Milan Fabry, national manager for imports at Sears, Roebuck & Co. added, “The cost of shipping has increased more than the cost of merchandise and has become a significant cost factor. As a result, the merchant marine has become a significant cost factor in the total competitive posture of the U.S. merchandiser. Without predictability in international trade, based on predictability of rates, there always will be an underlying feeling of apprehension on the part of U.S. exporters or importers. Unfortunately, for some time now, we have been observing a lack of predictability of rates and of service. For example, the timing of rate increases has not corresponded with selling seasons in international trade. Increases are not guaranteed for a specific period of time, and buyers and sellers, therefore, must compensate by absorbing increases out of our profits. Both bunker and currency surcharges add to this unpredictability.

“We’re facing the possibility of an ‘emergency’ surcharge, to be assessed on a ‘temporary’ basis for losses suffered by the lines during the recent East Coast longshore strike. All of these end up masking the true rate, and sometimes, additional surcharges are used as a coverup for other cost increases and operating inefficiencies,” Fabry said.

Also, Fabry complained that the dual-rate contract system is controlled very loosely, so that “signatories to contracts with conferences are penalized, since non-signatories often are allowed dual-rate discounts.”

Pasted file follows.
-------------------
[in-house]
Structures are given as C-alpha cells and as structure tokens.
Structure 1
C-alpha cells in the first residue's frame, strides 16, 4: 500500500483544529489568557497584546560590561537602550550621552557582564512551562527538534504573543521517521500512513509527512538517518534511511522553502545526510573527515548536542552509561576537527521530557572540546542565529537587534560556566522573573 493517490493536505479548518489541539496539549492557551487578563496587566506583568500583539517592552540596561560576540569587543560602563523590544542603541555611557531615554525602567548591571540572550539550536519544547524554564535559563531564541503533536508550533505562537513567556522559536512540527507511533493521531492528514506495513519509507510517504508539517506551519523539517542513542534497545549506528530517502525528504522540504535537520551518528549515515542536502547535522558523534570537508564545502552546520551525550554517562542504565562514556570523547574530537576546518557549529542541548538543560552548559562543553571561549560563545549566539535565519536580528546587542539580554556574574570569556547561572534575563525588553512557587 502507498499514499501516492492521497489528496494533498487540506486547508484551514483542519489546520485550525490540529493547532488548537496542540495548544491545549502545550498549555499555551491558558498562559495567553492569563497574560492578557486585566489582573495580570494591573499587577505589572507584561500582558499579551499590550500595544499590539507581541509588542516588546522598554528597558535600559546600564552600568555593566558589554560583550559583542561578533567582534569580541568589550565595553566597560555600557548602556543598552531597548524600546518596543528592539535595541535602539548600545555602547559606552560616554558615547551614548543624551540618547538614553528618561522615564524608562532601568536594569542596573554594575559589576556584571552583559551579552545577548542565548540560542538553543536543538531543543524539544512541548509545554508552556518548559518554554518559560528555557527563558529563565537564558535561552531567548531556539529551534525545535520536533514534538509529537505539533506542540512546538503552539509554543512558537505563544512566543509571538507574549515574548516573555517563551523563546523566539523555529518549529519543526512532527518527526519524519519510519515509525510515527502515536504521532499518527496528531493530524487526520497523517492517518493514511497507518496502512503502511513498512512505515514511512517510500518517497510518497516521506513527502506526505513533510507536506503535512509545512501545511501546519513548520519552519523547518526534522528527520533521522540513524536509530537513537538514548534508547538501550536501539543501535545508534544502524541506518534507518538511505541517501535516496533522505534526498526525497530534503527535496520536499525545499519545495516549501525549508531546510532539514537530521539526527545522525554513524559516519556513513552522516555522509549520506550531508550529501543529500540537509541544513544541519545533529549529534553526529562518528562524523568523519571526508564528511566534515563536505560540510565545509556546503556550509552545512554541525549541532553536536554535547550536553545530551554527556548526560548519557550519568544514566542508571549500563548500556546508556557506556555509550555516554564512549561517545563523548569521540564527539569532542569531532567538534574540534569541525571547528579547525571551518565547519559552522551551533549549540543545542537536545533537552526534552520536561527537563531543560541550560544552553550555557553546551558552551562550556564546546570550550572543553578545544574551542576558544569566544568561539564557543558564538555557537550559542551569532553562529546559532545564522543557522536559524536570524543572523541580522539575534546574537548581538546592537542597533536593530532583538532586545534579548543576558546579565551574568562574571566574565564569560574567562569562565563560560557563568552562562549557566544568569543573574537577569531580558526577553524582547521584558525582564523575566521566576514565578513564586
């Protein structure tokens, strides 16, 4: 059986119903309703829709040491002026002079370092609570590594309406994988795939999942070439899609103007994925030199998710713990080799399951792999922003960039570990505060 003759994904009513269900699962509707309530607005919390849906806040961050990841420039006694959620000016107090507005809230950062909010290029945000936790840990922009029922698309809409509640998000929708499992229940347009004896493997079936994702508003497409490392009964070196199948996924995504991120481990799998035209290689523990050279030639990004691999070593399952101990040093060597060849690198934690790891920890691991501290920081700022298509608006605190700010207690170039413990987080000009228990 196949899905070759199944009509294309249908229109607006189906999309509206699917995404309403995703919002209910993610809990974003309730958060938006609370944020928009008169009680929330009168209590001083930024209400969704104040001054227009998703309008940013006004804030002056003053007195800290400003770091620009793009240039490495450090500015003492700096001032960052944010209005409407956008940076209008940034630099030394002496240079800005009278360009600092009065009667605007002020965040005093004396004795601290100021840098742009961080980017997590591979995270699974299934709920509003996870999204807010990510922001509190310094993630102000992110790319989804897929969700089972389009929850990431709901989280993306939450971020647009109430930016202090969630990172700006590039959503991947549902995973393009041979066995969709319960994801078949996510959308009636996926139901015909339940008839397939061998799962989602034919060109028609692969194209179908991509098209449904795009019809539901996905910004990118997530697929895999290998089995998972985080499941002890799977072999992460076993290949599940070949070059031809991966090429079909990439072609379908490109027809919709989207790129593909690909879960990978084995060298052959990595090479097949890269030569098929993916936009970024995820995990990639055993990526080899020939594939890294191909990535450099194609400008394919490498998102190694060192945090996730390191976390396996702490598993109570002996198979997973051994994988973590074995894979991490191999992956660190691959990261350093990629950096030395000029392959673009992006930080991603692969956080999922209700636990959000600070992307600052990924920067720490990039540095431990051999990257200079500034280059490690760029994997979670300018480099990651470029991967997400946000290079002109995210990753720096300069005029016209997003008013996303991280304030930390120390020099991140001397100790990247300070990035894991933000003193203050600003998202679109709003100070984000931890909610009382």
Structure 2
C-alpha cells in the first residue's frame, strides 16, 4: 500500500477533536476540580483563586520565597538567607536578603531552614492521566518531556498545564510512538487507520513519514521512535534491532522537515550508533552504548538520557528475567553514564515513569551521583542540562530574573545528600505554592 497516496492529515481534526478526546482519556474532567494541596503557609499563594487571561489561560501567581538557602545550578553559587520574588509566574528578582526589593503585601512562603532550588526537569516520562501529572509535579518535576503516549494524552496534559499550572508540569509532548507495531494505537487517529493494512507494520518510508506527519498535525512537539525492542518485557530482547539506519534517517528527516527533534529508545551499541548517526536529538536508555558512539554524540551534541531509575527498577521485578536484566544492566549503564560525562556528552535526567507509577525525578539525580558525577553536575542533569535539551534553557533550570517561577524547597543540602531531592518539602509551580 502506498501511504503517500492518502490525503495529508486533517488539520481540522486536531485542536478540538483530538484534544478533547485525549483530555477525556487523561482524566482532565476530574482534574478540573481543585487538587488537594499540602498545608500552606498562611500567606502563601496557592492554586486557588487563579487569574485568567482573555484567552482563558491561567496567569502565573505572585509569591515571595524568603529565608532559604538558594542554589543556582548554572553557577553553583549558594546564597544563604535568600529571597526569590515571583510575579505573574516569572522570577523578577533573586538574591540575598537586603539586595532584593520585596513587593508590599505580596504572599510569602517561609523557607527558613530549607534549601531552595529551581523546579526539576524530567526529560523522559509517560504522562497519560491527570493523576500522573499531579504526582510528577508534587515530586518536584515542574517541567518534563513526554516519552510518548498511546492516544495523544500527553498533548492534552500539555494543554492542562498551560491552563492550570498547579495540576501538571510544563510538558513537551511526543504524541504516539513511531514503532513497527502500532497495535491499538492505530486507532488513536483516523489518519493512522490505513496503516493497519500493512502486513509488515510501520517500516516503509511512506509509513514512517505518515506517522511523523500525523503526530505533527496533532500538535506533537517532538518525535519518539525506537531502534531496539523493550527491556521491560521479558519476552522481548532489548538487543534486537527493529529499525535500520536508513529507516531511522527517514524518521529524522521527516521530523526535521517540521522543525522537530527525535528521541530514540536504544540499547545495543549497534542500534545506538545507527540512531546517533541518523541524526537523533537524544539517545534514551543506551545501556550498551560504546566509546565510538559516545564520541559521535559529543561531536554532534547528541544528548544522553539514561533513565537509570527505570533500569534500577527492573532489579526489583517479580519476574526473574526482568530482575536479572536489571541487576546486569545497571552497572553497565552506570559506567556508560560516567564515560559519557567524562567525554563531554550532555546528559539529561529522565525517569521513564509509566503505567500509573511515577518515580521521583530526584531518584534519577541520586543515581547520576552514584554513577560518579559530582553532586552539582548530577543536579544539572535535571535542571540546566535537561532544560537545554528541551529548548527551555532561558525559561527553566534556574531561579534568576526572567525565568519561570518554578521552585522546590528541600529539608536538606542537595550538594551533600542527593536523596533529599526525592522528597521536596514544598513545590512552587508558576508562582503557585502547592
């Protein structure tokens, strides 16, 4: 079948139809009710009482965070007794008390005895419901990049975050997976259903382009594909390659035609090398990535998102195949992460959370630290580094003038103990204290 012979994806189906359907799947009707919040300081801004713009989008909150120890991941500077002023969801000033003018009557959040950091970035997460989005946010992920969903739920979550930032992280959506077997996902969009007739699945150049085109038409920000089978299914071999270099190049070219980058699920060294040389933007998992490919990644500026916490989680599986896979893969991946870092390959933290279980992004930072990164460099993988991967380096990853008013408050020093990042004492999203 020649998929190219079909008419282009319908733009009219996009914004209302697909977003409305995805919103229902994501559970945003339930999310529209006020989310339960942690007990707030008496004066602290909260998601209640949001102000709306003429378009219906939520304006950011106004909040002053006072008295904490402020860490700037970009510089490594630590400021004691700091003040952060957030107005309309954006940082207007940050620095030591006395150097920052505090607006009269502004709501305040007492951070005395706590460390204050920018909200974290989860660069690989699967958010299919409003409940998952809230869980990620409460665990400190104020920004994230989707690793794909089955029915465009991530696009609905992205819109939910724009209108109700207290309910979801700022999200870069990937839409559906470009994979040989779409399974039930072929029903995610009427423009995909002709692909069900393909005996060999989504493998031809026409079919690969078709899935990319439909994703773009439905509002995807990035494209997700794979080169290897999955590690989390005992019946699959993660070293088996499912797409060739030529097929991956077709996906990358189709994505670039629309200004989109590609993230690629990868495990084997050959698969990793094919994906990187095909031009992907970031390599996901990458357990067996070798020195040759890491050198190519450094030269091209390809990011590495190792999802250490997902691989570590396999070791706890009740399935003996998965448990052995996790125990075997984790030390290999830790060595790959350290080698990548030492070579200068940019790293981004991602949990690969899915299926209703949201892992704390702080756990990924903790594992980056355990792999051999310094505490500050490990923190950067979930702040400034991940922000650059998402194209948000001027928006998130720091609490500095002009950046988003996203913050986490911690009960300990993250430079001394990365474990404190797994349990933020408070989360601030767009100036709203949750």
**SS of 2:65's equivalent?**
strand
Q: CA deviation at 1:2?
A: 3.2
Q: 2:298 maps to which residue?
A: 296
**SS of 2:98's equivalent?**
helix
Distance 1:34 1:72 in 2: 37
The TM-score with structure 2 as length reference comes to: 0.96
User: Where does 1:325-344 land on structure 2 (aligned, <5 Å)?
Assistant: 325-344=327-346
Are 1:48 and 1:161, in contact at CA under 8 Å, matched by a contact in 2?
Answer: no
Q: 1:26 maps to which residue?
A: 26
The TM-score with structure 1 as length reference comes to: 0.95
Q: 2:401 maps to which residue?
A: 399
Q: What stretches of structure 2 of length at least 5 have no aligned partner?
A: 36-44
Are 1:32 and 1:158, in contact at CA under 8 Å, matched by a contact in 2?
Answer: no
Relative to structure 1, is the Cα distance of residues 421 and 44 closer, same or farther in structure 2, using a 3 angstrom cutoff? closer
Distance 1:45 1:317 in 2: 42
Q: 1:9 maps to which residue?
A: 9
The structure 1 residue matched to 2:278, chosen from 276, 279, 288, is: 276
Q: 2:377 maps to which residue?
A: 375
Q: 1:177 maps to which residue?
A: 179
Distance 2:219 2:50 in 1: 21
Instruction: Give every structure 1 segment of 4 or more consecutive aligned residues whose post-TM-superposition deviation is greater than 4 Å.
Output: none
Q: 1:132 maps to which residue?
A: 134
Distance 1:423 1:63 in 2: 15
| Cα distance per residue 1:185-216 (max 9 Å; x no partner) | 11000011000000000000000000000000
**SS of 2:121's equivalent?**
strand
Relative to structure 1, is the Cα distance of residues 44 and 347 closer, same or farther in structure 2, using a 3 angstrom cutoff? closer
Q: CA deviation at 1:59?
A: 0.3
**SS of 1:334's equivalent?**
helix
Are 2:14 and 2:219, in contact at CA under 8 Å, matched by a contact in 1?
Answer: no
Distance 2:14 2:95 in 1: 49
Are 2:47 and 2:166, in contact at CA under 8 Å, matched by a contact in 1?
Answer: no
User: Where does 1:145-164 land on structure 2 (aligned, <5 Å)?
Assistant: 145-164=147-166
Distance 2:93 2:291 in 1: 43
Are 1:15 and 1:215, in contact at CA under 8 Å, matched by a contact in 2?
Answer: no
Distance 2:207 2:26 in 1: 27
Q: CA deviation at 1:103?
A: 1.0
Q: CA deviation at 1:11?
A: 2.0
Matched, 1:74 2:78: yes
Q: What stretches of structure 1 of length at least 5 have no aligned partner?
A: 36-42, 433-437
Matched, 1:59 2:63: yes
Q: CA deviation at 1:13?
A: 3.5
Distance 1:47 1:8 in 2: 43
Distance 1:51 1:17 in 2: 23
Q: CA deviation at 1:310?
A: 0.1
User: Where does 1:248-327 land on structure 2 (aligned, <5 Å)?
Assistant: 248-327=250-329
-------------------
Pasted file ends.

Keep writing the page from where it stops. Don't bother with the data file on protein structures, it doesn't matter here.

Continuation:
“With the new technology — containerization — contingent liability has become insignificant and inconsequential, so that the value of cargo should not be the predominant rate-setting factor,” Fabry continued. “Cost of transport should be primary.”

“One result of this emphasis on value as the key rate setting determinant is rate disparities on inbound versus outbound trades. In the Pacific trades, there can be as much as a 50% differential, which negatively affects the competitiveness of U.S. goods in the Far East, Fabry said.

The complex tariffs that most conferences and carriers file before the FMC are another product of this value-oriented rate setting, Fabry noted.

Joint services?

Charles Hiltzheimer, the president of Sea-Land Service, told the forum that he believes that sometime within the next five or six years, there will be a major push for rationalization of the American merchant marine.

“In my opinion, approximately 20% of the U.S. flag shipping companies face either bankruptcy, or sale of all or part of their assets,” Hiltzheimer said, “while around 80% do not make any profit on a year-by-year basis before receiving Operating Differential Subsidies from the Maritime Administration. … We need to rationalize in order to realize economies of scale, and there should be encouragement given U.S. carriers to participate in joint services and other rationalizations.”

Hiltzheimer said that Sea-land has advocated extension of the Shipping Act’s Section 15 immunity from antitrust law to cover mergers of U.S. flag companies, allowing an antitrust exemption for conference rate bureau intermodal tariffs, and requiring conferences to promulgate independent rate action clauses to allow conferences and conference lines to price responsively.

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Editor: American Shipper Archives